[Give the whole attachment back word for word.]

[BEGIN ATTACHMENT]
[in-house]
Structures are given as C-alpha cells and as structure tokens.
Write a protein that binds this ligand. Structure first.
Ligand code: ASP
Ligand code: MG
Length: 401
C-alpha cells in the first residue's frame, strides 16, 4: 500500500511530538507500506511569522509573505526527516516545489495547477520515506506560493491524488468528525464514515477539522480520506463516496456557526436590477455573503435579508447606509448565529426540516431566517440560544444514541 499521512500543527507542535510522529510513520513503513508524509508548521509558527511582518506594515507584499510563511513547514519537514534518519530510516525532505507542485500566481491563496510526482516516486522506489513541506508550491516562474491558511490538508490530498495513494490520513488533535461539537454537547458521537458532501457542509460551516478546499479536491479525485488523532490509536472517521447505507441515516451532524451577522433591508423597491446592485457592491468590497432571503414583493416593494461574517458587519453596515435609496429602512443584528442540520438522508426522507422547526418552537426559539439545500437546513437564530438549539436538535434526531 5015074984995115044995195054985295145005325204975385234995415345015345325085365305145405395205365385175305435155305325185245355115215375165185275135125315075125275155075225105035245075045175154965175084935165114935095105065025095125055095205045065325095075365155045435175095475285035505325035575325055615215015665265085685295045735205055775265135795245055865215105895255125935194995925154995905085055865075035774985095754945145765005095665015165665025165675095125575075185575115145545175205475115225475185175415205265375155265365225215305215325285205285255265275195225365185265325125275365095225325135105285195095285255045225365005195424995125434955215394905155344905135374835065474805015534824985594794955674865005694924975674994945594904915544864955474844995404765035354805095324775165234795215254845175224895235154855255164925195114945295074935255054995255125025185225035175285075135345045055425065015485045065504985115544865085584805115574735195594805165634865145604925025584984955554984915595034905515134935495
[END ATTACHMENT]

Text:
[in-house]
Structures are given as C-alpha cells and as structure tokens.
Write a protein that binds this ligand. Structure first.
Ligand code: ASP
Ligand code: MG
Length: 401
C-alpha cells in the first residue's frame, strides 16, 4: 500500500511530538507500506511569522509573505526527516516545489495547477520515506506560493491524488468528525464514515477539522480520506463516496456557526436590477455573503435579508447606509448565529426540516431566517440560544444514541 499521512500543527507542535510522529510513520513503513508524509508548521509558527511582518506594515507584499510563511513547514519537514534518519530510516525532505507542485500566481491563496510526482516516486522506489513541506508550491516562474491558511490538508490530498495513494490520513488533535461539537454537547458521537458532501457542509460551516478546499479536491479525485488523532490509536472517521447505507441515516451532524451577522433591508423597491446592485457592491468590497432571503414583493416593494461574517458587519453596515435609496429602512443584528442540520438522508426522507422547526418552537426559539439545500437546513437564530438549539436538535434526531 5015074984995115044995195054985295145005325204975385234995415345015345325085365305145405395205365385175305435155305325185245355115215375165185275135125315075125275155075225105035245075045175154965175084935165114935095105065025095125055095205045065325095075365155045435175095475285035505325035575325055615215015665265085685295045735205055775265135795245055865215105895255125935194995925154995905085055865075035774985095754945145765005095665015165665025165675095125575075185575115145545175205475115225475185175415205265375155265365225215305215325285205285255265275195225365185265325125275365095225325135105285195095285255045225365005195424995125434955215394905155344905135374835065474805015534824985594794955674865005694924975674994945594904915544864955474844995404765035354805095324775165234795215254845175224895235154855255164925195114945295074935255054995255125025185225035175285075135345045055425065015485045065504985115544865085584805115574735195594805165634865145604925025584984955554984915595034905515134935495